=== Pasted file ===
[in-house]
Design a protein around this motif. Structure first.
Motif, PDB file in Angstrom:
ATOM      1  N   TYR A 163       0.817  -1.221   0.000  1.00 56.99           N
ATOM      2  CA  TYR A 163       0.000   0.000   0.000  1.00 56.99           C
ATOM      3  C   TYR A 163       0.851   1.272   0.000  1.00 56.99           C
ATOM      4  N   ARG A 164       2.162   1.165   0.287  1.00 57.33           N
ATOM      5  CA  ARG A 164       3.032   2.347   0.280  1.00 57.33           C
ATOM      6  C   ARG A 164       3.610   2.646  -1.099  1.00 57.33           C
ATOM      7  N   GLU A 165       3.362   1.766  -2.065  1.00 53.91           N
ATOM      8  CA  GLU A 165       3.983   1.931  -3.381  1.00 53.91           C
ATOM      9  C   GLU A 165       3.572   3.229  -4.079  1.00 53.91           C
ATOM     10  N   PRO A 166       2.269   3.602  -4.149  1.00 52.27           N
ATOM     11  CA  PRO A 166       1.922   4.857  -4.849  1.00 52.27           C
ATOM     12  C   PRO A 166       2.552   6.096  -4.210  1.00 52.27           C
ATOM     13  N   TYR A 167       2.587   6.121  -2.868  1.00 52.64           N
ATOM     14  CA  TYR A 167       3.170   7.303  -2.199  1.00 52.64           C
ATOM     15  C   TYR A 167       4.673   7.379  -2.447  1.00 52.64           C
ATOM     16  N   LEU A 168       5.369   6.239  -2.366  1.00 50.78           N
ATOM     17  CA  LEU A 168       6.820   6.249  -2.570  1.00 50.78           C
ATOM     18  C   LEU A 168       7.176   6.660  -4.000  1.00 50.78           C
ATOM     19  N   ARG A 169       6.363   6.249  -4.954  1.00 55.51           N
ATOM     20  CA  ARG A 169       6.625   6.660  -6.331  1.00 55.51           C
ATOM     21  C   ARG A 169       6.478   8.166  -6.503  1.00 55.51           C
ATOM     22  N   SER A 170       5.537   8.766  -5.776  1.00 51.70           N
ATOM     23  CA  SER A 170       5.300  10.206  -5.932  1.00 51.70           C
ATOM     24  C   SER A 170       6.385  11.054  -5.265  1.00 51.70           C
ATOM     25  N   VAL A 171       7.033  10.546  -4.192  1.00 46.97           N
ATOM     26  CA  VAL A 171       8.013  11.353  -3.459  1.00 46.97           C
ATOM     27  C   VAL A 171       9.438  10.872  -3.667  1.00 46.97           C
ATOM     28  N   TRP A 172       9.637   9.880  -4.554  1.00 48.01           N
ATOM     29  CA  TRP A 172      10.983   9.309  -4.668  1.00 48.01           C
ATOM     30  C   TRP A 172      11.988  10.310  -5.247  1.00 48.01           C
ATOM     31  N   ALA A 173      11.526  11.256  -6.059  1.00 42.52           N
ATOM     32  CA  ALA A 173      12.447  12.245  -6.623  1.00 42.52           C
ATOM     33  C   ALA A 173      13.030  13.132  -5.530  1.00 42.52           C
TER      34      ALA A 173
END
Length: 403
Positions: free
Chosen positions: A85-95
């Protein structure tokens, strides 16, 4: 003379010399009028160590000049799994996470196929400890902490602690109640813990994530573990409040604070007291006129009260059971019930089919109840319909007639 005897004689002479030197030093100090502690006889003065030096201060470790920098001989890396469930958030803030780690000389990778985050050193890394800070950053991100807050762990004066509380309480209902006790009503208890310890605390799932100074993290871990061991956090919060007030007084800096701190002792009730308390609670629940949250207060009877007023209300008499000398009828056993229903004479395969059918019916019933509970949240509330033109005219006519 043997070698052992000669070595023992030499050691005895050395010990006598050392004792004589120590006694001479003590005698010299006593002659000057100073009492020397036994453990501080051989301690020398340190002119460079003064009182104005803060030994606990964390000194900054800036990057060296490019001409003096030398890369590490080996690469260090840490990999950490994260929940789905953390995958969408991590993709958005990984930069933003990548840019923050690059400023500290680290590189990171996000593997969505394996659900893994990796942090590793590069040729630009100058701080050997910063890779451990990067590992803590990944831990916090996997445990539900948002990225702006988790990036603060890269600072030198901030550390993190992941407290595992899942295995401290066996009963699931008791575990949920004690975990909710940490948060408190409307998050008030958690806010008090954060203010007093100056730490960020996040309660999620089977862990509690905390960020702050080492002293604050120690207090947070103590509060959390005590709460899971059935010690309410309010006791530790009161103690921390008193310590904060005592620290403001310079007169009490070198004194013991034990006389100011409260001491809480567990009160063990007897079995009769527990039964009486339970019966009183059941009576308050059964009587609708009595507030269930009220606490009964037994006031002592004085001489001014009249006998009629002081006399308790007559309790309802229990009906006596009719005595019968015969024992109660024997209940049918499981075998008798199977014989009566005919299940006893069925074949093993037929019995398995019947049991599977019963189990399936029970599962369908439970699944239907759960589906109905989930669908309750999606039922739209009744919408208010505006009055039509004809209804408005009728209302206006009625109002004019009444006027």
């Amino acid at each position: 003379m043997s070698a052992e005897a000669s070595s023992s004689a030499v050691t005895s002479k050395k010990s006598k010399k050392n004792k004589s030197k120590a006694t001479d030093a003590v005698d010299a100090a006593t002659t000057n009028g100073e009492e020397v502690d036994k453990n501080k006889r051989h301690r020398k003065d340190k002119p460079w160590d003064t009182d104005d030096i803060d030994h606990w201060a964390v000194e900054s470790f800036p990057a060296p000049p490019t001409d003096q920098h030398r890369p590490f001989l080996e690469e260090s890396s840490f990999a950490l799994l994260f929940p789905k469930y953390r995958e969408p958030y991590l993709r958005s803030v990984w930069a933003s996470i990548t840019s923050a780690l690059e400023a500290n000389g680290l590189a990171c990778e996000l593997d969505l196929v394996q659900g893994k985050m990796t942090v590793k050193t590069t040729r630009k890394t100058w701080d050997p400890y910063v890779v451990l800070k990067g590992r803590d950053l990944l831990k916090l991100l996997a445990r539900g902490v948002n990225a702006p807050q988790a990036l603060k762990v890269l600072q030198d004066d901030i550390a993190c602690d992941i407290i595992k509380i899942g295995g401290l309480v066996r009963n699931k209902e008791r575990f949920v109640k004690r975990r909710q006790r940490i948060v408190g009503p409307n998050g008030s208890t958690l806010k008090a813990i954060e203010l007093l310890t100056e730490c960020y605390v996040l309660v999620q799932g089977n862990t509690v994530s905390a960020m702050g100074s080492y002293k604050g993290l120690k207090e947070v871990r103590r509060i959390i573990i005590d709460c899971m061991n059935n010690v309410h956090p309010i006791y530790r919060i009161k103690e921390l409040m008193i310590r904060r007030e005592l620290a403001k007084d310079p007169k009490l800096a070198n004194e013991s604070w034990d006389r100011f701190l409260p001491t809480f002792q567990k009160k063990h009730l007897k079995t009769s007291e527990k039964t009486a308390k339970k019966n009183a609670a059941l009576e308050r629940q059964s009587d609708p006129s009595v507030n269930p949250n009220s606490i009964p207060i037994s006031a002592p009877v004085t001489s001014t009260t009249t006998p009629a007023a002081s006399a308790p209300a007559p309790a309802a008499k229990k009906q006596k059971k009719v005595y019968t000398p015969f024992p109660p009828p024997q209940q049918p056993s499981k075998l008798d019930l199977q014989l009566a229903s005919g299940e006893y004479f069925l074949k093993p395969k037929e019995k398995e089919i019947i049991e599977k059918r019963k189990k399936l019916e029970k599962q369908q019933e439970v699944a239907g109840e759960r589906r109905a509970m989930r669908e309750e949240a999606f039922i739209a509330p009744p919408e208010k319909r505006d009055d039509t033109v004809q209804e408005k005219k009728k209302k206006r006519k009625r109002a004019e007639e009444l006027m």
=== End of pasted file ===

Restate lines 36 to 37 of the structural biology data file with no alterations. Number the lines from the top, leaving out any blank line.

ATOM     33  C   ALA A 173      13.030  13.132  -5.530  1.00 42.52           C
TER      34      ALA A 173